Need an election distraction? How about Roku earnings, GameStop dance offs and zipping Zillow shares? We’ve got it all, with no election coverage whatsoever.

Friday Four Play: The “Churning Earnings” Edition

Happy Friday, Great Ones!

Are you ready to end this wild and wooly week with a wee dose of earnings? I hope so because other than the election — which still drags on inexorably as I write this — there isn’t much else interesting out there.

Well … there are two items of note that aren’t earnings-related.

First, the U.S. economy added 638,000 jobs in October, far more than the 503,000 new jobs expected. The unemployment rate fell sharply to 6.9%, which was also better than expected.

Taking a closer look at the numbers, the devil — err, tech — is in the details. White-collar tech and professional fields added some 208,000 jobs last month. Bars and restaurants added about 192,000. Those jobs worry me a bit, with pandemic restrictions mounting and winter on the way.

Second, GameStop Corp. (NYSE: GME) recently held a TikTok dance competition at its annual employee conference. Cool, cool. I have Gen Z kids and can groove with the TikTok. I am Mr. Great Stuff, after all.

Fun and hip, right?

Well, until you learn that the song GameStop employees had to dance to was Red Red Wine by UB40 … the kind of song that comes on at 11 p.m. at the Applebee’s bar after a horrible date, waiting on your tater skins and drinking a Zima. Or so I hear…

Furthermore, GameStop’s illustrious prizes for the competition were Amazon Echo devices, a $100 Visa gift card and — the pièce de résistance — “10 additional labor hours” to use during the week of Black Friday.

Umm … yay? More work?

Even better, GameStop’s event page on the competition read: “Imagine what you could do with all those prizes!”

Yeah, thanks fam. I’m all good.

Oh, and in investing news, GME shares plunged more than 10% this past Monday after the company announced new FlexPay financing options. Welcome to 1995, GameStop. FlexPay didn’t help JCPenney, and it won’t help you.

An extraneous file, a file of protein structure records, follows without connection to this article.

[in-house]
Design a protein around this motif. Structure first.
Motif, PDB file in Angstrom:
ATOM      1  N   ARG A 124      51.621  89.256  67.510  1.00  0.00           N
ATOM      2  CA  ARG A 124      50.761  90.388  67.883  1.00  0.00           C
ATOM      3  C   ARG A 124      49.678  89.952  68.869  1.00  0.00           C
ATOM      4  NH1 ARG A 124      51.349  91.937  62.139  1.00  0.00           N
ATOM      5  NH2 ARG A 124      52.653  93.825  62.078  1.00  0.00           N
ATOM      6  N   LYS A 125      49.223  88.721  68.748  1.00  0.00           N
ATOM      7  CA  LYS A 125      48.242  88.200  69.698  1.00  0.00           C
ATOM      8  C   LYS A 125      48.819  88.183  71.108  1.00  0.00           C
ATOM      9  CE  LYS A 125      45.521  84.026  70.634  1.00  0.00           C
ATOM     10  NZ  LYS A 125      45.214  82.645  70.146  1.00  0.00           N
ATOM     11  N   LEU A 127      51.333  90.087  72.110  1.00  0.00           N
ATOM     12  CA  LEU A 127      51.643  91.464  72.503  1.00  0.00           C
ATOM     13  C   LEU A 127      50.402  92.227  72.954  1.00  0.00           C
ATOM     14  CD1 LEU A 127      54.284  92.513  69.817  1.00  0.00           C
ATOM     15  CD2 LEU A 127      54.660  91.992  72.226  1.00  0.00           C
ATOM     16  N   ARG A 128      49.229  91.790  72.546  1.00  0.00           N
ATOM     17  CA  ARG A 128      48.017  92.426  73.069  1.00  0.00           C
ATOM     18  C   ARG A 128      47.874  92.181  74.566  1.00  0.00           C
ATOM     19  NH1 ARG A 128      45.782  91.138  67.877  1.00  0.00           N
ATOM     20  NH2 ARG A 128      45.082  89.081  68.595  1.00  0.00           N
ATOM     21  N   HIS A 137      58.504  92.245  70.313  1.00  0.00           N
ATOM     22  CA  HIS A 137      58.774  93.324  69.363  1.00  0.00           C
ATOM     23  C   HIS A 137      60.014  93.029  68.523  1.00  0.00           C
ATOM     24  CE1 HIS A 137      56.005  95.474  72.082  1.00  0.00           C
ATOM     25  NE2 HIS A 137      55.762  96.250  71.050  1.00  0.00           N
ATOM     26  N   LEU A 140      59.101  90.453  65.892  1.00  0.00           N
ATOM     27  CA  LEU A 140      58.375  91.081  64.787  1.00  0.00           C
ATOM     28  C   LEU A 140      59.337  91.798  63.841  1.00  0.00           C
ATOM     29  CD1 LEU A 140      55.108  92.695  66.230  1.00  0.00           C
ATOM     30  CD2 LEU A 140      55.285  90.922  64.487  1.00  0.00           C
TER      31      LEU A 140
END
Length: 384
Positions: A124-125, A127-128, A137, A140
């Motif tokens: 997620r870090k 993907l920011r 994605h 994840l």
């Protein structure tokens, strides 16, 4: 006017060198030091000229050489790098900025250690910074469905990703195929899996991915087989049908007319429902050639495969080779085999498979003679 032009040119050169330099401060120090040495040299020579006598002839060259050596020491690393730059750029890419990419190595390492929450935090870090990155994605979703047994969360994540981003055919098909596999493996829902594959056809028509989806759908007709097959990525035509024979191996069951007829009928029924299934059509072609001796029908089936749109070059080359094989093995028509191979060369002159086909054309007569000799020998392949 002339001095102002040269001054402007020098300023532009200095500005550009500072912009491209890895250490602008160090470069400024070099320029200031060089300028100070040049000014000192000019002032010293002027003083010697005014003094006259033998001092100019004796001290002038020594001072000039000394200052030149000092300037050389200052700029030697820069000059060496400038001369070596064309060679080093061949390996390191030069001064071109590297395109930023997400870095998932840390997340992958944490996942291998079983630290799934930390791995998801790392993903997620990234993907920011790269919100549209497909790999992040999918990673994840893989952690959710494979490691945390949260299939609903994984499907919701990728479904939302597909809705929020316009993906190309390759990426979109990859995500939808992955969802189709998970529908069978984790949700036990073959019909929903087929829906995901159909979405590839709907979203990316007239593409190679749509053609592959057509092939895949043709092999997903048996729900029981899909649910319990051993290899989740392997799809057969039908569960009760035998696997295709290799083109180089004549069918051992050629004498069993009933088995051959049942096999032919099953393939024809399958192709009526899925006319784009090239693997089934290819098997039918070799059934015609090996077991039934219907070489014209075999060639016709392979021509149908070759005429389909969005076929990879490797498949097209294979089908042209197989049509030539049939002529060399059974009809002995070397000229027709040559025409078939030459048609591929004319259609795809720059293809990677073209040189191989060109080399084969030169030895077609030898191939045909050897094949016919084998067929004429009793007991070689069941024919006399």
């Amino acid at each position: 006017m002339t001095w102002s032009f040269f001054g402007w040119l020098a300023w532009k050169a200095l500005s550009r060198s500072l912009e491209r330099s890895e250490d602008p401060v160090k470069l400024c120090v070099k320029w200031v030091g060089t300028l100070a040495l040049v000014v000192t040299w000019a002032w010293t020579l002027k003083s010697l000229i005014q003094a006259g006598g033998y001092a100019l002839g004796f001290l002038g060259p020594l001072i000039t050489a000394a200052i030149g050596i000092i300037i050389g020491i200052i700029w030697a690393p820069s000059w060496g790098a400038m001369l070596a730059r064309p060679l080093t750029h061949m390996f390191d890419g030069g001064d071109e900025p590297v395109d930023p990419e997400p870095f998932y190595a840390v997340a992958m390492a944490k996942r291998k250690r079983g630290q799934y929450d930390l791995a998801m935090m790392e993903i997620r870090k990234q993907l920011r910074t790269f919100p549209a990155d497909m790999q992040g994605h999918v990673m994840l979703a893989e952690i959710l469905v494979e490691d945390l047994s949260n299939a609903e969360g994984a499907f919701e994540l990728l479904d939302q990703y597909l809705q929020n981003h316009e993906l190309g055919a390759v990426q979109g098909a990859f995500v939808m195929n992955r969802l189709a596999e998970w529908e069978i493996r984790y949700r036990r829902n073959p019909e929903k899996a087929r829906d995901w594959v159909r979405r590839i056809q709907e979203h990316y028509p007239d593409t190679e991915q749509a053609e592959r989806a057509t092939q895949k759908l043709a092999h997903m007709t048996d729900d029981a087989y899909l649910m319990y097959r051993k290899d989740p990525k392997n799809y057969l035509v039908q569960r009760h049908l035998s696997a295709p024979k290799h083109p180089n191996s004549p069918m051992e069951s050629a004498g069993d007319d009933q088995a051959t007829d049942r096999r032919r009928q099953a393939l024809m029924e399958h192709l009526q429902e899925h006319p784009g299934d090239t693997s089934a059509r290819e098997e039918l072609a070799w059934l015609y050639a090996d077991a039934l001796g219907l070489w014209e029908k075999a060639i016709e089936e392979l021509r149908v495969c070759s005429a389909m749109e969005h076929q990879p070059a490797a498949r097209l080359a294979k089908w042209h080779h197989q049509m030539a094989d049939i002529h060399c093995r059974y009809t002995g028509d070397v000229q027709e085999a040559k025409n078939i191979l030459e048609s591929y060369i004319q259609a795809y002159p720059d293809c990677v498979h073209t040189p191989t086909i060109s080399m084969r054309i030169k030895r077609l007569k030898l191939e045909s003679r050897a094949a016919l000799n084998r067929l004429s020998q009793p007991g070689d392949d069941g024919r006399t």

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(Face it, your portfolio might need more than a Boost shake kind of pick-me-up right now.)

No. 1: The King of Streaming

Ad revenue skyrocketed 90%, nearly doubling Roku’s 50% ad revenue growth in the second quarter.

Where are all those Roku Inc. (Nasdaq: ROKU) haters now? Hmm?

I’ll tell you where: Curled up in a ball wishing they bought ROKU back in May 2019 or December 2019 when Great Stuff Picks recommended it! Yes, we’ve told you to buy it twice.

Last night, Roku released its third-quarter report, and boy was it a shocker. Revenue surged 73% to $451.7 million, but earnings were the real deal. Roku posted a surprise profit of $0.09 per share.

Wall Street, meanwhile, expected revenue of just $366.3 million and a loss of $0.40 per share. Outside the headline numbers, there are two crucial points that any of you in ROKU should note.

First, user growth continued to climb, with Roku adding 2.9 million accounts on the quarter for a total of 46 million active user accounts.

Second, ad revenue skyrocketed 90%, nearly doubling Roku’s 50% ad revenue growth in the second quarter. I can’t stress enough how big ad revenue is going to be for Roku: 46 million active accounts and counting, all with tailored content and apps without a “walled garden?” It’s an advertiser’s dream.

It’s no wonder ROKU shares jumped 11% on the news. If you followed Great Stuff’s advice, you could be up about 177% if you got in back in May 2019. If you waited for December, you still sit on a gain of about 86%. Congratulations!

Keep holding ROKU, as there are surely more gains to come.

No. 2: Growing Pains

Peloton crushed fiscal first-quarter expectations.

No, we’re not talking about Mike Seaver’s latest antics or fallen child stars of the ‘80s and ‘90s.

We’re talking about Peloton Interactive Inc. (Nasdaq: PTON) and its troubles keeping up with demand. Honestly, this is one of the best problems a company can have. But it also shows a lack of company leadership and planning … pandemic or not.

By the numbers, Peloton crushed fiscal first-quarter expectations. Sales tripled to $757.9 million and beat Wall Street’s target by more than $20 million. Per-share earnings soared to $0.20 from a loss of $1.29 last year. The consensus expected earnings of just $0.11 per share.

Peloton subs grew a hefty 137% to 1.3 million and streamed workouts jumped 306%. Furthermore, Peloton expects revenue to top $1 billion in the 2020 holiday quarter!

This all sounds rosier than a ‘90s sitcom ending. So, what’s the problem?